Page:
A former Tasmanian police officer showed a "terrible error of judgement" when he drove at high speed through a red light and crashed, killing a NSW man who was holidaying with his wife.
Aaron Tasman Bonner, 41, was on Friday jailed for three years over the crash in Launceston on the evening of January 6, 2020.
Father-of-three Anthony Campbell had finished a lifelong dream to sail the Sydney to Hobart Yacht Race and was walking with wife Bernice, who was celebrating her 40th birthday.
Bonner's marked police car flipped and spun after it "T-boned" another car at the intersection, hitting the couple.
Mr Campbell died on the way to hospital, while Mrs Campbell underwent emergency surgery in a critical condition.
"My life and my body were smashed to pieces," she told the Supreme Court in Hobart.
"It was a glorious week of freedom and spontaneity (of) exploring, walking in nature. In an instant it was all gone."
Bonner was in a parking lot about 100m from the intersection when he responded to a call for assistance at a mental health incident.
By the time he reached the intersection, he was travelling at 89km/h in a 50km/h zone.
"For the five seconds prior to the collision you were effectively accelerating as hard as you could," Justice Robert Pearce told Bonner.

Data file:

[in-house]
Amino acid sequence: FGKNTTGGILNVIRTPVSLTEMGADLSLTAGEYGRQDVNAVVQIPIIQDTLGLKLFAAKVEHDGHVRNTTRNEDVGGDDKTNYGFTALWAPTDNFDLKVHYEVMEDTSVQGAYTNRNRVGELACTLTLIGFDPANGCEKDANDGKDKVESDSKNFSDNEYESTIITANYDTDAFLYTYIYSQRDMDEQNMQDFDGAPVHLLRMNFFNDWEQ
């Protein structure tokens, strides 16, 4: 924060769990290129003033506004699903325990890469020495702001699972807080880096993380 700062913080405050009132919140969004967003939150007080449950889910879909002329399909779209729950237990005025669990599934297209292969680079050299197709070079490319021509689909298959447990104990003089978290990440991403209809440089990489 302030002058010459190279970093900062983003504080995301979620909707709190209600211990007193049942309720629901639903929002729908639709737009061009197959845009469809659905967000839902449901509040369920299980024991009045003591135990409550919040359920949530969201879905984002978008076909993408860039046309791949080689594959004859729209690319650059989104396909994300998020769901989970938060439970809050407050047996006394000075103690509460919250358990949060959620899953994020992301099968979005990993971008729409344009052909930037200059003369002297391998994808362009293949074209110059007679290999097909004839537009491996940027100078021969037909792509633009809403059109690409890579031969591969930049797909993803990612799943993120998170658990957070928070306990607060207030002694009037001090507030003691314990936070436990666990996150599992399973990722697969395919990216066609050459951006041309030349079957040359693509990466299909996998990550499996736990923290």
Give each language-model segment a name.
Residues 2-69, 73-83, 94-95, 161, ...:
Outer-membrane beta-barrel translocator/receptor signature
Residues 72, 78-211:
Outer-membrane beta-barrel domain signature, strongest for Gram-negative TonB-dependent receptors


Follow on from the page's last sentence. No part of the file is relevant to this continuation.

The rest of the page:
"What occurred was a terrible error of judgment. You drove as you did because you thought you were doing your duty. What occurred was a gross breach of your duty."
Mrs Campbell spent weeks in a coma with catastrophic injuries including a broken pelvis, and nearly died. She requires a walking stick and can't use stairs without assistance.
Mrs Campbell said she lost her soulmate, describing Anthony as a loving dad who was full of adventure. The pair had made plans to retire in Tasmania.
"He was my best friend. My world, my life. Who do I tell my good news to? Who do I turn to after a bad day for a hug?" she said.
"Memories cannot hold my hand ... tell me it's going to be alright."
The court was told Bonner, an acting sergeant who joined the police force in 2007, was responding to a call that was not urgent.
Justice Pearce said Bonner had "plenty of time" to see the red light and that the oncoming car, containing a family, had "no chance" of avoiding a collision.
Bonner, who was stood down and has since resigned, earlier pleaded guilty to causing death by dangerous driving and causing grievous bodily harm by dangerous driving.
Justice Pearce said Bonner, also a father-of-three, was overcome by remorse and was aware of the devastating impact of his actions.
Mr Campbell's father, Bruce, told the court he had lost his best friend.
"He was a good son, brother, husband. He would have been a good grandfather, had he been given a chance."
Mrs Campbell told the court she didn't have the energy to be angry.
"I am confident that you acted with no intent to hurt us. I do feel for you and the burden of guilt you must carry," she said.
Bonner will be eligible for parole after spending 18 months in prison and won't be allowed to drive for two years after his release.